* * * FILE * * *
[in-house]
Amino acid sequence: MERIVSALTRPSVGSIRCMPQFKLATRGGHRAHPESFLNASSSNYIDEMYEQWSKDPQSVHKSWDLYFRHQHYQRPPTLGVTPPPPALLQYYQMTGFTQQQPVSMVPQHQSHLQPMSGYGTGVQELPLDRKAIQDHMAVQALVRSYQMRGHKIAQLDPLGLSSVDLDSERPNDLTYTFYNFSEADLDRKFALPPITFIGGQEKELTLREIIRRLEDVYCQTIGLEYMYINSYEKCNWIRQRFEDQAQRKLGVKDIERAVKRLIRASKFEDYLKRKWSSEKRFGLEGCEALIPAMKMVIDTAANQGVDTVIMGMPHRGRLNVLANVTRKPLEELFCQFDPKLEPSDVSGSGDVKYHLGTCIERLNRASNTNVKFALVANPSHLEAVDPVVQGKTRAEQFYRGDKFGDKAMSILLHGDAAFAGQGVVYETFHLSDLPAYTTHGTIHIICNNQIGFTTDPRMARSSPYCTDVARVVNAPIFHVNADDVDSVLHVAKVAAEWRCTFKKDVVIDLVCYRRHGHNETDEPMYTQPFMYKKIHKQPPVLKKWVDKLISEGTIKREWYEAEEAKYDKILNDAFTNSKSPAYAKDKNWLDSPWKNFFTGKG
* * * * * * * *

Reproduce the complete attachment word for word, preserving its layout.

[in-house]
Amino acid sequence: MERIVSALTRPSVGSIRCMPQFKLATRGGHRAHPESFLNASSSNYIDEMYEQWSKDPQSVHKSWDLYFRHQHYQRPPTLGVTPPPPALLQYYQMTGFTQQQPVSMVPQHQSHLQPMSGYGTGVQELPLDRKAIQDHMAVQALVRSYQMRGHKIAQLDPLGLSSVDLDSERPNDLTYTFYNFSEADLDRKFALPPITFIGGQEKELTLREIIRRLEDVYCQTIGLEYMYINSYEKCNWIRQRFEDQAQRKLGVKDIERAVKRLIRASKFEDYLKRKWSSEKRFGLEGCEALIPAMKMVIDTAANQGVDTVIMGMPHRGRLNVLANVTRKPLEELFCQFDPKLEPSDVSGSGDVKYHLGTCIERLNRASNTNVKFALVANPSHLEAVDPVVQGKTRAEQFYRGDKFGDKAMSILLHGDAAFAGQGVVYETFHLSDLPAYTTHGTIHIICNNQIGFTTDPRMARSSPYCTDVARVVNAPIFHVNADDVDSVLHVAKVAAEWRCTFKKDVVIDLVCYRRHGHNETDEPMYTQPFMYKKIHKQPPVLKKWVDKLISEGTIKREWYEAEEAKYDKILNDAFTNSKSPAYAKDKNWLDSPWKNFFTGKG